Australian employment grew by more than 400,000 in the year to November 2010, according to new labour force data.
Figures show employment numbers in health have risen the most over the past year, increasing by 8.6%. This was followed by construction and the services sector.
According to ANZ economist Amber Rabinov, some industries saw a decrease in employment numbers, including wholesale trade, and finance and insurance.
“The longer-tem structural decline in the manufacturing industry has also continued, with a fall in employment of 0.4% since November 2009. No doubt the strength of the Australian dollar over the past year has further compounded the negative trend,” Rabinov says.
Meanwhile, the Melbourne Institute Survey of Consumer Inflationary Expectations for December shows the median expected inflation rate decreased to 2.8% in December, from 3.1% in November.
Melbourne Institute fellow Michael Chua says that the central bank’s increase in the cash rate on November 2 has continued to rein in inflationary expectations.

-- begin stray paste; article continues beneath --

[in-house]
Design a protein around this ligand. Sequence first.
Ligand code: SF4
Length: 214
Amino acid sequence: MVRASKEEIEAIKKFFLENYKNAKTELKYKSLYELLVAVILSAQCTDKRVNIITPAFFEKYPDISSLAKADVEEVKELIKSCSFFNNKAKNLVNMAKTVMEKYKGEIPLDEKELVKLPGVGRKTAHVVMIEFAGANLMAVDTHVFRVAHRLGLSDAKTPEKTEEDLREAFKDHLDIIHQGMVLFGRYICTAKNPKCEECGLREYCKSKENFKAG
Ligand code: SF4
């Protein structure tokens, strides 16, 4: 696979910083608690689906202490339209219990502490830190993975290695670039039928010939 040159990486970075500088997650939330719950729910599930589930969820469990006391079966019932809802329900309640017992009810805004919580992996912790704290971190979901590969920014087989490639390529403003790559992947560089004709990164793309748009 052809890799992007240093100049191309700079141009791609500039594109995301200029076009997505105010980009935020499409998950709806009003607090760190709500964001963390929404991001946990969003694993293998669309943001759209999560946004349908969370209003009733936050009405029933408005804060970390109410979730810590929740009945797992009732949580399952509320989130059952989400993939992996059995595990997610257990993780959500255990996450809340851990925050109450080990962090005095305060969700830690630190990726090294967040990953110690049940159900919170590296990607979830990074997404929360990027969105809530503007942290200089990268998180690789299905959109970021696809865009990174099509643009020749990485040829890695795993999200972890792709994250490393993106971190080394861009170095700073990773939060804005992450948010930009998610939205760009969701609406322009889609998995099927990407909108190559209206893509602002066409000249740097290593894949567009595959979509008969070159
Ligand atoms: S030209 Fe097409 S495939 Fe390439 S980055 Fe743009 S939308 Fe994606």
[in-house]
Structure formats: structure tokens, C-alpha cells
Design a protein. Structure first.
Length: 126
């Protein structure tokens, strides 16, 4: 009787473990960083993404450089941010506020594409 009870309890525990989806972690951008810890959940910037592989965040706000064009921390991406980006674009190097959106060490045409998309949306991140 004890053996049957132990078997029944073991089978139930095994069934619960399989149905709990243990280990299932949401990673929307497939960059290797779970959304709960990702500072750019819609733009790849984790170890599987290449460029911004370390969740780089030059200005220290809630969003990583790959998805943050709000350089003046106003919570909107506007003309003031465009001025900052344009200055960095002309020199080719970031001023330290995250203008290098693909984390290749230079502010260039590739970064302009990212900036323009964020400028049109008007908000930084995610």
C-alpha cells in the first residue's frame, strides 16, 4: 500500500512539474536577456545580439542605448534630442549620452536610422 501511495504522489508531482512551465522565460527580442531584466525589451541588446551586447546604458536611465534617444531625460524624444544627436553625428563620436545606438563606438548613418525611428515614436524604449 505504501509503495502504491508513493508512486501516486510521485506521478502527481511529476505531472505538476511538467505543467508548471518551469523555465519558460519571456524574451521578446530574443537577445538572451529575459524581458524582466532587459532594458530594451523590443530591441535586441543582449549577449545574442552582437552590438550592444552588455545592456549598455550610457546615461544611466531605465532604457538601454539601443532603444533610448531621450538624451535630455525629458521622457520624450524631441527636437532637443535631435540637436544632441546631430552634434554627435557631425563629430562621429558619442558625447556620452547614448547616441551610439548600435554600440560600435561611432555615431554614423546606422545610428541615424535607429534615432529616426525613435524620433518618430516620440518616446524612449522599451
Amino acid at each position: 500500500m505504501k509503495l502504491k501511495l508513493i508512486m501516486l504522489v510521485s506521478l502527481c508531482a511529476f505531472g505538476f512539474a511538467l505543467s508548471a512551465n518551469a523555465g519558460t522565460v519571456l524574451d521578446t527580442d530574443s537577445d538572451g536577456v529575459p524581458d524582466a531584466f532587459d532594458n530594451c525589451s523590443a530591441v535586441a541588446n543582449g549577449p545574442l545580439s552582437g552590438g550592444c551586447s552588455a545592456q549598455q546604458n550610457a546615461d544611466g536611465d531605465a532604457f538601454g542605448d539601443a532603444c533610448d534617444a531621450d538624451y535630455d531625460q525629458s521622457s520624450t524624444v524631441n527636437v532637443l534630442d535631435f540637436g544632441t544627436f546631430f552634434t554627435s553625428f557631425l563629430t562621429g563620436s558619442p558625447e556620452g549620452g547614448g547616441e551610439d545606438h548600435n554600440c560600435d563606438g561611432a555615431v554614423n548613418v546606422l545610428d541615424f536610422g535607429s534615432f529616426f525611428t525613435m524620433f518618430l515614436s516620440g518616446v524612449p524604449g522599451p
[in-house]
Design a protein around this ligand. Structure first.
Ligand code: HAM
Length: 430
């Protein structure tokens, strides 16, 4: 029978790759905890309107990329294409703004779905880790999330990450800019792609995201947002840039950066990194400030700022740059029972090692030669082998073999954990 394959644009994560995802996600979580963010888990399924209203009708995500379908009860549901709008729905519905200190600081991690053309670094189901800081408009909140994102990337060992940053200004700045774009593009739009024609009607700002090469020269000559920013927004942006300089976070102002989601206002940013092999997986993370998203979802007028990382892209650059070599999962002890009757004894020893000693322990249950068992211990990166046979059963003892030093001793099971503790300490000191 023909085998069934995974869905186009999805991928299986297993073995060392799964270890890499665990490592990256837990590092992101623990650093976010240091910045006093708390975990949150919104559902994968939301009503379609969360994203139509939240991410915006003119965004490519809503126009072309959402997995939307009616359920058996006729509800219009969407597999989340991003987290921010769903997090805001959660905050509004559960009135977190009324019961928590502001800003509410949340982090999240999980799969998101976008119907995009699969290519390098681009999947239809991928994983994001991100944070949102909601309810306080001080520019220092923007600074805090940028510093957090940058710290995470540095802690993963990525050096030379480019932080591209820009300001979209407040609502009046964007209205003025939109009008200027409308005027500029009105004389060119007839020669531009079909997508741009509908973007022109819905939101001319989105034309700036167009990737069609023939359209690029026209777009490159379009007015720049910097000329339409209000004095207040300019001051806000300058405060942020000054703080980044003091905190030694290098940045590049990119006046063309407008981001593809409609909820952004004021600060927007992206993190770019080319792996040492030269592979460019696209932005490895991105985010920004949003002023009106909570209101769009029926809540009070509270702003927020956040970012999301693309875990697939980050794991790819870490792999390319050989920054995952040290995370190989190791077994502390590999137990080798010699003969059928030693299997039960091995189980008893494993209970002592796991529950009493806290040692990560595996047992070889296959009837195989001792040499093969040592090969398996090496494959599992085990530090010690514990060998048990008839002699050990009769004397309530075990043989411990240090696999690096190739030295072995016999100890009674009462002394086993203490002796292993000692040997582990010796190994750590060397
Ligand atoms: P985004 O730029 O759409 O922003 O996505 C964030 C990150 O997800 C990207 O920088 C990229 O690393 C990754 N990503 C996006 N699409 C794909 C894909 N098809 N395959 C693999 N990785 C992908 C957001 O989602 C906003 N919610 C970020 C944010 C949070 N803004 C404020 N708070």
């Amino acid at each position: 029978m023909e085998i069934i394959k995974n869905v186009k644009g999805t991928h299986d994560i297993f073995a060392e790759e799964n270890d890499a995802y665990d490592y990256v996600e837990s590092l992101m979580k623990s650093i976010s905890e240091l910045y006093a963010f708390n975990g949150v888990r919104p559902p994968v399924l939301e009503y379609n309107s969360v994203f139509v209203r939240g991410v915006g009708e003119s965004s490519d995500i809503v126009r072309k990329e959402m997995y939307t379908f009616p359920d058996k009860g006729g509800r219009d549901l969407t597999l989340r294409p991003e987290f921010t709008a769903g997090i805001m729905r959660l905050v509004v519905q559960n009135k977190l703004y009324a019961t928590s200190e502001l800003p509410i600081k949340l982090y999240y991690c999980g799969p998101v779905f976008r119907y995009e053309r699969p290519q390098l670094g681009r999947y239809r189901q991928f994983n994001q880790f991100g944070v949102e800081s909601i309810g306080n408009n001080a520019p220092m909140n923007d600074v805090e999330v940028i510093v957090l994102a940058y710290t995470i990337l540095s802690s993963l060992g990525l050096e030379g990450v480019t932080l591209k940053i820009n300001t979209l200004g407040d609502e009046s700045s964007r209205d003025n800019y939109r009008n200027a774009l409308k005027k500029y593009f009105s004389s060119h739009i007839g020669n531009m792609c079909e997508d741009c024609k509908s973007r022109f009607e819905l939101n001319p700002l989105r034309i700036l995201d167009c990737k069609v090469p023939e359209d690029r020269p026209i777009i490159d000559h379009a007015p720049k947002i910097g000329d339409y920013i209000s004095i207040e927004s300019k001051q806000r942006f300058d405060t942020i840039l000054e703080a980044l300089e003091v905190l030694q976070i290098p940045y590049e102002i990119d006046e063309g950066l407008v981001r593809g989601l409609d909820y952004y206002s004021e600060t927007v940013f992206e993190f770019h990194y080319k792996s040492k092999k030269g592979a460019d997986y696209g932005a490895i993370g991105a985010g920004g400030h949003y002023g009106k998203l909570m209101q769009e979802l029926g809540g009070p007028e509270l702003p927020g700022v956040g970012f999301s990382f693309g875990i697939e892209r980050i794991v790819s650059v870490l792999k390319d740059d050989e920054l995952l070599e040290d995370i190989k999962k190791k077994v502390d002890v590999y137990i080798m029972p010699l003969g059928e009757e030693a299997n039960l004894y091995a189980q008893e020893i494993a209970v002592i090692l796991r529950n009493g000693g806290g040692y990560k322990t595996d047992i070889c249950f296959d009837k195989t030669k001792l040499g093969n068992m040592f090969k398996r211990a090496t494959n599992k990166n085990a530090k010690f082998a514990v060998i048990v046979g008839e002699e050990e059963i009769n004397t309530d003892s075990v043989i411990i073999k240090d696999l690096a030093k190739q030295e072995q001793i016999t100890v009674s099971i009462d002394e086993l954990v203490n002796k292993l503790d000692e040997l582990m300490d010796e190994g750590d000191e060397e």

“Nevertheless, the median consumer inflationary expectations in December remains on the high side,” Chua says.
Consumer unemployment expectations also fell slightly, indicating an improvement in the labour market outlook.
According to the latest Westpac Melbourne Institute Index of Consumer Sentiment report, consumers’ unemployment expectations fell by 1.1% in December, following a rise of 0.4% in November.
Despite this, the report reveals consumer sentiment increased by just 0.2% in December, quashing retailers’ hopes of a pickup in Christmas sales as consumers continue to save their cash.
The Westpac report reveals 64% of consumers believe now is a good time to buy, but only 3.7% feel that spending is the best use of their savings; the second weakest result on record.
Westpac senior economist Matthew Hassan says there has been little or no change in the consumer caution that has restrained spending in 2010.
“The survey detail shows a subdued picture on family finances, a relatively positive attitude towards spending but continued caution on financial decisions and a less optimistic view on longer-term prospects for the economy,” he says.